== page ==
William Collingwood Smith

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William Collingwood Smith (10 December 1815 Greenwich - 15 March 1887 Brixton Hill),[1] was a noted English watercolourist.

William's father William Smith worked for the Admiralty and was a musician and amateur artist. William had no formal training in art, but had studied under James Duffield Harding. Initially he painted in oils, but later became a proficient watercolourist. In 1843 he became an Associate, and subsequently a Member, of the Society of Painters in Water Colours which later became the Royal Watercolour Society, serving as treasurer for some twenty years, and starting its Art Club. He also joined the New Society of Painters in Water Colours.[2]

Specialising in marine and river scenes, and sweeping landscapes, he turned out more than a thousand paintings and drawings. He travelled extensively in Britain and on the Continent, often painting scenes which had news interest. His images were often engraved and reproduced in the Illustrated London News. Shipping scenes he painted included HMS Dreadnought, which took part in the Battle of Trafalgar. His first exhibition at the Royal Academy was in 1836 and his last in 1855, also exhibiting with the Water Colour Society and at the Suffolk Street Galleries.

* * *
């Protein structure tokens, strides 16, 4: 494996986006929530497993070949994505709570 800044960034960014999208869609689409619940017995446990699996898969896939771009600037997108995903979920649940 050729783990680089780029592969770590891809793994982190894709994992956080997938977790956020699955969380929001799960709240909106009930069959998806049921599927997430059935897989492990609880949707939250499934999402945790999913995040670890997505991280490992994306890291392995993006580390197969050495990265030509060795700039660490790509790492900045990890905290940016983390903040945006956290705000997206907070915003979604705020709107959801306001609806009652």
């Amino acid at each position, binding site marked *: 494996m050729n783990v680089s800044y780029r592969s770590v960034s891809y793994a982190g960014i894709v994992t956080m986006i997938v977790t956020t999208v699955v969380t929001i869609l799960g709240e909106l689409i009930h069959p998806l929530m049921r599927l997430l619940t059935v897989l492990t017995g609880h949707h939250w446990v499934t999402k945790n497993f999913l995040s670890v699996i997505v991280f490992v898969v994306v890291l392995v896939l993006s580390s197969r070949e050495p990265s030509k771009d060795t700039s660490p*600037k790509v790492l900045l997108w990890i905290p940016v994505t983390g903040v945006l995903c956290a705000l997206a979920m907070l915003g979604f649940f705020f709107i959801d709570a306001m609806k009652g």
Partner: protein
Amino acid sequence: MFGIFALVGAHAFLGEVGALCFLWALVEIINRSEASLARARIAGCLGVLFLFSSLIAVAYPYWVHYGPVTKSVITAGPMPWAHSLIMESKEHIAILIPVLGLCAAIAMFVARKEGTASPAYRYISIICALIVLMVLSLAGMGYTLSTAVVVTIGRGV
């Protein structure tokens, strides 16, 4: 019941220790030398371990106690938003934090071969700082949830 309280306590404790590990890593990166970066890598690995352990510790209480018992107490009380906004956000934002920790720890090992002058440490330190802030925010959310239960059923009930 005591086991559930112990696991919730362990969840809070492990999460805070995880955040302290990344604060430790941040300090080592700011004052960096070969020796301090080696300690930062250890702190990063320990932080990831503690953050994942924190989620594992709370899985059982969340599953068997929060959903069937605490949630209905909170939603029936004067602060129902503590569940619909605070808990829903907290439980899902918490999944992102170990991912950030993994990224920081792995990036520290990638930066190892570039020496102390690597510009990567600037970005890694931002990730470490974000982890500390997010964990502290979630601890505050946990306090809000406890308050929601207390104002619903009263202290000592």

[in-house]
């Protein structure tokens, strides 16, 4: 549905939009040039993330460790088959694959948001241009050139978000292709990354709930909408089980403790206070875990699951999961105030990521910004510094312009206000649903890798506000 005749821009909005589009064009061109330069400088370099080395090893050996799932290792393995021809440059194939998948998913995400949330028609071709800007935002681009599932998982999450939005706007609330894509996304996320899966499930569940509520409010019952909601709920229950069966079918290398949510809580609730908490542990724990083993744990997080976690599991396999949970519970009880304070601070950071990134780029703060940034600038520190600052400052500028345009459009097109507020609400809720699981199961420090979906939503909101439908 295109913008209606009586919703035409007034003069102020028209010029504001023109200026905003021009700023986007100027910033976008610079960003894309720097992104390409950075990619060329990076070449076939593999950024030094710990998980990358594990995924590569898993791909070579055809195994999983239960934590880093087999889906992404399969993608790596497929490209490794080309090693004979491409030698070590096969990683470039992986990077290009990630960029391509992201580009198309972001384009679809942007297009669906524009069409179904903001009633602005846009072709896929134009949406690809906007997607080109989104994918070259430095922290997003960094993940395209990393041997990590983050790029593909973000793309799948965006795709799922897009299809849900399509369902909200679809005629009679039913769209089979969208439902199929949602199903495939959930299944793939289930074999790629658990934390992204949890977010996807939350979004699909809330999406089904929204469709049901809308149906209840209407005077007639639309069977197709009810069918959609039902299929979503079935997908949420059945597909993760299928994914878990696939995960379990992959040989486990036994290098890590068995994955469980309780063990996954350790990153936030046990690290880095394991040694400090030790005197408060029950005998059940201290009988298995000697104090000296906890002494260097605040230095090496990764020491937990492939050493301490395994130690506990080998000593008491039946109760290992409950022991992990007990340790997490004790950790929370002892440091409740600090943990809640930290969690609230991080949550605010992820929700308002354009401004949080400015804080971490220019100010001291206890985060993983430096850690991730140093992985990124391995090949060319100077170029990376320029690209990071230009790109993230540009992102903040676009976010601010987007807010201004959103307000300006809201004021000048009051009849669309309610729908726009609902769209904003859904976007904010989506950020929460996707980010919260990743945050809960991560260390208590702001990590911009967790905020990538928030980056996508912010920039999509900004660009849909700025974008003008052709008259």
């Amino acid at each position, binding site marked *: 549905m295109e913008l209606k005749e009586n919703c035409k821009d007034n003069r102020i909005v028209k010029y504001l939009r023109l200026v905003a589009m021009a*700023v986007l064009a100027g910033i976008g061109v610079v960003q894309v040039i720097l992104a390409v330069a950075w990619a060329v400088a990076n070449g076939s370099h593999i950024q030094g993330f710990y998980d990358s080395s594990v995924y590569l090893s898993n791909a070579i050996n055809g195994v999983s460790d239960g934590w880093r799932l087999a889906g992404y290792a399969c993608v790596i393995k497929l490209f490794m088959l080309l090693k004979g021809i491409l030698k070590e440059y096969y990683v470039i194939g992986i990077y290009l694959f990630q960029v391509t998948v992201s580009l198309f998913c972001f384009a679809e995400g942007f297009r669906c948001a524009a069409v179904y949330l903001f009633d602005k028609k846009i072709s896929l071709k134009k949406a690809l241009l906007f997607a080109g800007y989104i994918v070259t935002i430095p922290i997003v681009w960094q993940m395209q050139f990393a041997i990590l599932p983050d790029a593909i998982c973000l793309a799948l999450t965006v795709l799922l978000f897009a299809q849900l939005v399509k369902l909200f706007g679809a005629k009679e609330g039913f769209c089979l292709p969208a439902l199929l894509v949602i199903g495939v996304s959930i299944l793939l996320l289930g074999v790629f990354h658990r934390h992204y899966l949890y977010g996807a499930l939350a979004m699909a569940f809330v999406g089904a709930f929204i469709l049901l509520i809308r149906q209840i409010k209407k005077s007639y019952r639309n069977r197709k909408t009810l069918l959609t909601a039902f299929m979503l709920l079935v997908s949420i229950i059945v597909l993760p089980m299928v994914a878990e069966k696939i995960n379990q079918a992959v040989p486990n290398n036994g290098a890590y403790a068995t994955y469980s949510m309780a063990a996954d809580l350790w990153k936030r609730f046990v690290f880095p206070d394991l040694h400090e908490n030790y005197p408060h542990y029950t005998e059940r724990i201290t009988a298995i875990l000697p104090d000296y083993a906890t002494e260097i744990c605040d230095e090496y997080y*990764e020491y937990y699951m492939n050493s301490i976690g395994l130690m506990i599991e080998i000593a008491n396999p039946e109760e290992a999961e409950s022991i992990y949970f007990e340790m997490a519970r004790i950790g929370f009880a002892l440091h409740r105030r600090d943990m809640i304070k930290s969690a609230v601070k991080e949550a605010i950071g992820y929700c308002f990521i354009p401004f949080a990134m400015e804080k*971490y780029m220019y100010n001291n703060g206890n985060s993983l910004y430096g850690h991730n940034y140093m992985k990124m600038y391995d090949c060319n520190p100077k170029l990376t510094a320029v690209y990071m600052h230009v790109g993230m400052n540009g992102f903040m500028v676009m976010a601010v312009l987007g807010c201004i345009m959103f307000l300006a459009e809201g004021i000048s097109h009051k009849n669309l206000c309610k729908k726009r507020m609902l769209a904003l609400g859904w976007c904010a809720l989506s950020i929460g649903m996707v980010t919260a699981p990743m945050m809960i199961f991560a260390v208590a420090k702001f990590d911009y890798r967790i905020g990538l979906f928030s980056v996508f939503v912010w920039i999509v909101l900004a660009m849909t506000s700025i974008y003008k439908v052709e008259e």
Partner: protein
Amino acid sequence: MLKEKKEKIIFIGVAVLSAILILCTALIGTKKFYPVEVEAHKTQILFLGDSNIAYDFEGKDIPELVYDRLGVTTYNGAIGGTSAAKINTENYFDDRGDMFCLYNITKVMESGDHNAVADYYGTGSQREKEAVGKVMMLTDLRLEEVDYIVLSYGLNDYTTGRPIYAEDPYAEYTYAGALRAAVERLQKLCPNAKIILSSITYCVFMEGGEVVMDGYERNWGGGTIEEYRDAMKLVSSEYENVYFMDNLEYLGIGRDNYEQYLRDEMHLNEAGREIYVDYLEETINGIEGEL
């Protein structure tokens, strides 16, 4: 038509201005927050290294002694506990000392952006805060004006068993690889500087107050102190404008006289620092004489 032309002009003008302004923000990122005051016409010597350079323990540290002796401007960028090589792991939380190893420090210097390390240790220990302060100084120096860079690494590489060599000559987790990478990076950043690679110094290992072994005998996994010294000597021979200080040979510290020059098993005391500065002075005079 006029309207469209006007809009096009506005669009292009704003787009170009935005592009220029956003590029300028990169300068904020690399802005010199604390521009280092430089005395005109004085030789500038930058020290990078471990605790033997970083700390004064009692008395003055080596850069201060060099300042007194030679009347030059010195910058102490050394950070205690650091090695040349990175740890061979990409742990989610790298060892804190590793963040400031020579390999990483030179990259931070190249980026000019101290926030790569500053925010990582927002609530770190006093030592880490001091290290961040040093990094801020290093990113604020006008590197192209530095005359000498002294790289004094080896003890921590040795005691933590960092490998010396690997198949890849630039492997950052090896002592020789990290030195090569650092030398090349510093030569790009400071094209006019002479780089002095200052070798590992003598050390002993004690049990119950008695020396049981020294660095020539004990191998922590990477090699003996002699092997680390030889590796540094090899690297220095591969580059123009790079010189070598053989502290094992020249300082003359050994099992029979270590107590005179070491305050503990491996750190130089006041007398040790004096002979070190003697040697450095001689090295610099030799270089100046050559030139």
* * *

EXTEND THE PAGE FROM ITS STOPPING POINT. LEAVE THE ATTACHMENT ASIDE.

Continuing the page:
He enjoyed an outstanding reputation as a teacher so that his classes at Wyndham Lodge, 13 Brixton Hill, included not only amateurs, but also professionals, and military and naval officers.[3] His works are to be found in numerous galleries, both public and private.

His grave is in the West Norwood Cemetery. He is buried there alongside his wife Louisa Triquet and his son William Harding Collingwood Smith who was also an artist.

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